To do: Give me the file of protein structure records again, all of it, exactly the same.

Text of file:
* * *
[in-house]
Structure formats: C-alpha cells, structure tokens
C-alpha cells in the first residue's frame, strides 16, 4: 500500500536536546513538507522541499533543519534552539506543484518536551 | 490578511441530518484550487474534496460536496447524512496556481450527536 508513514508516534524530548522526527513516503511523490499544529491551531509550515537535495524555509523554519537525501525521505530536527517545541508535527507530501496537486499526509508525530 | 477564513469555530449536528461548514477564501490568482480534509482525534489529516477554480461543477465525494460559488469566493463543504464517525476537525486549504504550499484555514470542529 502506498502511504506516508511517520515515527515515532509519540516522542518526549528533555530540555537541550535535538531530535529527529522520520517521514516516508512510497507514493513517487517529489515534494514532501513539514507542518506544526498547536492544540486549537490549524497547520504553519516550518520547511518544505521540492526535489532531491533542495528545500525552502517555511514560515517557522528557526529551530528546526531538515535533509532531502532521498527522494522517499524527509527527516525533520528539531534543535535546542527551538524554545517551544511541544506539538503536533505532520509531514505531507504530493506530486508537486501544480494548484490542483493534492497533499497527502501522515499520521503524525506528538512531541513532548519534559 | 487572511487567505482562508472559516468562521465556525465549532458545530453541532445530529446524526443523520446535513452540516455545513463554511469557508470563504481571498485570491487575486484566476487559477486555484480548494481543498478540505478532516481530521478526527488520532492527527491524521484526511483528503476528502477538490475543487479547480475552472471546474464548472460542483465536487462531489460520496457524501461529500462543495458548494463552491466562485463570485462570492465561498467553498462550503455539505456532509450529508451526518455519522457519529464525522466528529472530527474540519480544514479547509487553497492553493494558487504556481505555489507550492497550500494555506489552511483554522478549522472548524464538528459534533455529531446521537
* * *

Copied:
[in-house]
Structure formats: C-alpha cells, structure tokens
C-alpha cells in the first residue's frame, strides 16, 4: 500500500536536546513538507522541499533543519534552539506543484518536551 | 490578511441530518484550487474534496460536496447524512496556481450527536 508513514508516534524530548522526527513516503511523490499544529491551531509550515537535495524555509523554519537525501525521505530536527517545541508535527507530501496537486499526509508525530 | 477564513469555530449536528461548514477564501490568482480534509482525534489529516477554480461543477465525494460559488469566493463543504464517525476537525486549504504550499484555514470542529 502506498502511504506516508511517520515515527515515532509519540516522542518526549528533555530540555537541550535535538531530535529527529522520520517521514516516508512510497507514493513517487517529489515534494514532501513539514507542518506544526498547536492544540486549537490549524497547520504553519516550518520547511518544505521540492526535489532531491533542495528545500525552502517555511514560515517557522528557526529551530528546526531538515535533509532531502532521498527522494522517499524527509527527516525533520528539531534543535535546542527551538524554545517551544511541544506539538503536533505532520509531514505531507504530493506530486508537486501544480494548484490542483493534492497533499497527502501522515499520521503524525506528538512531541513532548519534559 | 487572511487567505482562508472559516468562521465556525465549532458545530453541532445530529446524526443523520446535513452540516455545513463554511469557508470563504481571498485570491487575486484566476487559477486555484480548494481543498478540505478532516481530521478526527488520532492527527491524521484526511483528503476528502477538490475543487479547480475552472471546474464548472460542483465536487462531489460520496457524501461529500462543495458548494463552491466562485463570485462570492465561498467553498462550503455539505456532509450529508451526518455519522457519529464525522466528529472530527474540519480544514479547509487553497492553493494558487504556481505555489507550492497550500494555506489552511483554522478549522472548524464538528459534533455529531446521537